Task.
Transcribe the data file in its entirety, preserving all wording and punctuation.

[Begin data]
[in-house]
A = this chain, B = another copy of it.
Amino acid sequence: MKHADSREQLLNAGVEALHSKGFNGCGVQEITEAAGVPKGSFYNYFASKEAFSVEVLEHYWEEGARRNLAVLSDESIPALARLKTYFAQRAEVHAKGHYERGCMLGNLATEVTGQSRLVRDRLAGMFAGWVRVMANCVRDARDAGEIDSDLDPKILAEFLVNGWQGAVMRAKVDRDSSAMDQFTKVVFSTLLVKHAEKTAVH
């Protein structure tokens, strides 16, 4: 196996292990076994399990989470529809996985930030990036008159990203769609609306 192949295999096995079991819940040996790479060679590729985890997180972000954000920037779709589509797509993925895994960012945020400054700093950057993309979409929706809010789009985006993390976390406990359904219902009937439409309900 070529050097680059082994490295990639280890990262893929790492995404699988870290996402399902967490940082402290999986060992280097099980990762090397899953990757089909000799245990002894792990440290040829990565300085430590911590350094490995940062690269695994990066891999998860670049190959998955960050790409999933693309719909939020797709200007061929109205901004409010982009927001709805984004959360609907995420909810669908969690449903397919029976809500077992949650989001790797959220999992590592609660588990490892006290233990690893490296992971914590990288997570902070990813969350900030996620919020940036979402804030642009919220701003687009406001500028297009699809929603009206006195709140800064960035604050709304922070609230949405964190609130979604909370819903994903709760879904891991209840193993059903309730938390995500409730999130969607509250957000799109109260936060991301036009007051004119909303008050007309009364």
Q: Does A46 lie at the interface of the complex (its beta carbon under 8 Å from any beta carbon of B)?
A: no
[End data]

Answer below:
[in-house]
A = this chain, B = another copy of it.
Amino acid sequence: MKHADSREQLLNAGVEALHSKGFNGCGVQEITEAAGVPKGSFYNYFASKEAFSVEVLEHYWEEGARRNLAVLSDESIPALARLKTYFAQRAEVHAKGHYERGCMLGNLATEVTGQSRLVRDRLAGMFAGWVRVMANCVRDARDAGEIDSDLDPKILAEFLVNGWQGAVMRAKVDRDSSAMDQFTKVVFSTLLVKHAEKTAVH
């Protein structure tokens, strides 16, 4: 196996292990076994399990989470529809996985930030990036008159990203769609609306 192949295999096995079991819940040996790479060679590729985890997180972000954000920037779709589509797509993925895994960012945020400054700093950057993309979409929706809010789009985006993390976390406990359904219902009937439409309900 070529050097680059082994490295990639280890990262893929790492995404699988870290996402399902967490940082402290999986060992280097099980990762090397899953990757089909000799245990002894792990440290040829990565300085430590911590350094490995940062690269695994990066891999998860670049190959998955960050790409999933693309719909939020797709200007061929109205901004409010982009927001709805984004959360609907995420909810669908969690449903397919029976809500077992949650989001790797959220999992590592609660588990490892006290233990690893490296992971914590990288997570902070990813969350900030996620919020940036979402804030642009919220701003687009406001500028297009699809929603009206006195709140800064960035604050709304922070609230949405964190609130979604909370819903994903709760879904891991209840193993059903309730938390995500409730999130969607509250957000799109109260936060991301036009007051004119909303008050007309009364």
Q: Does A46 lie at the interface of the complex (its beta carbon under 8 Å from any beta carbon of B)?
A: no